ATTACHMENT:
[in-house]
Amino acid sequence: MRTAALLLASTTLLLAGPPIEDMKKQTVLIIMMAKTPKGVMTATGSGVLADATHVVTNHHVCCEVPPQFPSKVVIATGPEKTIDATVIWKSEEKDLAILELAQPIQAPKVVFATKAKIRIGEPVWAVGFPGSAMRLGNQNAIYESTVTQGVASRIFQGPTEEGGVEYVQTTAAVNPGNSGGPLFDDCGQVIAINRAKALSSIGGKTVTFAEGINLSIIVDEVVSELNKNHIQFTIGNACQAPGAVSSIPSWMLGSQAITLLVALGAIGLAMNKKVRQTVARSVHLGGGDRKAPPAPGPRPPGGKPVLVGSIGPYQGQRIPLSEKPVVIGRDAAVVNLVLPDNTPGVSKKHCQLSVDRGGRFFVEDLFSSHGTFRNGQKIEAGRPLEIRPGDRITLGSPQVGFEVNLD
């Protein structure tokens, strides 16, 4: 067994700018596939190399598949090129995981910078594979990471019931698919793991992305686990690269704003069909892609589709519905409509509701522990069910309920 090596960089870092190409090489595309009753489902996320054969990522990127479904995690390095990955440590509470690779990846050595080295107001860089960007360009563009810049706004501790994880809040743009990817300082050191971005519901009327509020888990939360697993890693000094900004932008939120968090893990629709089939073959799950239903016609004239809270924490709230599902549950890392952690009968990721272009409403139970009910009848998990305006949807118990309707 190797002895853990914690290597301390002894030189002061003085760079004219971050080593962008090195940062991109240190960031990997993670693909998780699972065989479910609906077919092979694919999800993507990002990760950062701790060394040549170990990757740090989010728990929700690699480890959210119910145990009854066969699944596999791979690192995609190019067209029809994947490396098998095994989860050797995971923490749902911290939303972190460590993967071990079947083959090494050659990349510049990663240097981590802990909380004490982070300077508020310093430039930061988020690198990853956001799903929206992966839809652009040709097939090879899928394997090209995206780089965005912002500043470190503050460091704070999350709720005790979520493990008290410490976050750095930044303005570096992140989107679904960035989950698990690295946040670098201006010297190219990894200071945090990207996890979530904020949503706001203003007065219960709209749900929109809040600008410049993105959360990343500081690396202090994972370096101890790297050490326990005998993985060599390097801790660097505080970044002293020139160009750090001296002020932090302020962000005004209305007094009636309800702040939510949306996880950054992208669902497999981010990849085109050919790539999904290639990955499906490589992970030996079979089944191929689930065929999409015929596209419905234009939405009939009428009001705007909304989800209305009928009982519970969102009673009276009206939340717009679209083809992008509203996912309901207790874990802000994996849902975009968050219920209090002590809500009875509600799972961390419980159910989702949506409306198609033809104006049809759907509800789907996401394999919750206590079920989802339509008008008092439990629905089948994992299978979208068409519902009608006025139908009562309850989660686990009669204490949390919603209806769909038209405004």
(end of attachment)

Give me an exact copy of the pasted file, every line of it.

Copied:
[in-house]
Amino acid sequence: MRTAALLLASTTLLLAGPPIEDMKKQTVLIIMMAKTPKGVMTATGSGVLADATHVVTNHHVCCEVPPQFPSKVVIATGPEKTIDATVIWKSEEKDLAILELAQPIQAPKVVFATKAKIRIGEPVWAVGFPGSAMRLGNQNAIYESTVTQGVASRIFQGPTEEGGVEYVQTTAAVNPGNSGGPLFDDCGQVIAINRAKALSSIGGKTVTFAEGINLSIIVDEVVSELNKNHIQFTIGNACQAPGAVSSIPSWMLGSQAITLLVALGAIGLAMNKKVRQTVARSVHLGGGDRKAPPAPGPRPPGGKPVLVGSIGPYQGQRIPLSEKPVVIGRDAAVVNLVLPDNTPGVSKKHCQLSVDRGGRFFVEDLFSSHGTFRNGQKIEAGRPLEIRPGDRITLGSPQVGFEVNLD
């Protein structure tokens, strides 16, 4: 067994700018596939190399598949090129995981910078594979990471019931698919793991992305686990690269704003069909892609589709519905409509509701522990069910309920 090596960089870092190409090489595309009753489902996320054969990522990127479904995690390095990955440590509470690779990846050595080295107001860089960007360009563009810049706004501790994880809040743009990817300082050191971005519901009327509020888990939360697993890693000094900004932008939120968090893990629709089939073959799950239903016609004239809270924490709230599902549950890392952690009968990721272009409403139970009910009848998990305006949807118990309707 190797002895853990914690290597301390002894030189002061003085760079004219971050080593962008090195940062991109240190960031990997993670693909998780699972065989479910609906077919092979694919999800993507990002990760950062701790060394040549170990990757740090989010728990929700690699480890959210119910145990009854066969699944596999791979690192995609190019067209029809994947490396098998095994989860050797995971923490749902911290939303972190460590993967071990079947083959090494050659990349510049990663240097981590802990909380004490982070300077508020310093430039930061988020690198990853956001799903929206992966839809652009040709097939090879899928394997090209995206780089965005912002500043470190503050460091704070999350709720005790979520493990008290410490976050750095930044303005570096992140989107679904960035989950698990690295946040670098201006010297190219990894200071945090990207996890979530904020949503706001203003007065219960709209749900929109809040600008410049993105959360990343500081690396202090994972370096101890790297050490326990005998993985060599390097801790660097505080970044002293020139160009750090001296002020932090302020962000005004209305007094009636309800702040939510949306996880950054992208669902497999981010990849085109050919790539999904290639990955499906490589992970030996079979089944191929689930065929999409015929596209419905234009939405009939009428009001705007909304989800209305009928009982519970969102009673009276009206939340717009679209083809992008509203996912309901207790874990802000994996849902975009968050219920209090002590809500009875509600799972961390419980159910989702949506409306198609033809104006049809759907509800789907996401394999919750206590079920989802339509008008008092439990629905089948994992299978979208068409519902009608006025139908009562309850989660686990009669204490949390919603209806769909038209405004």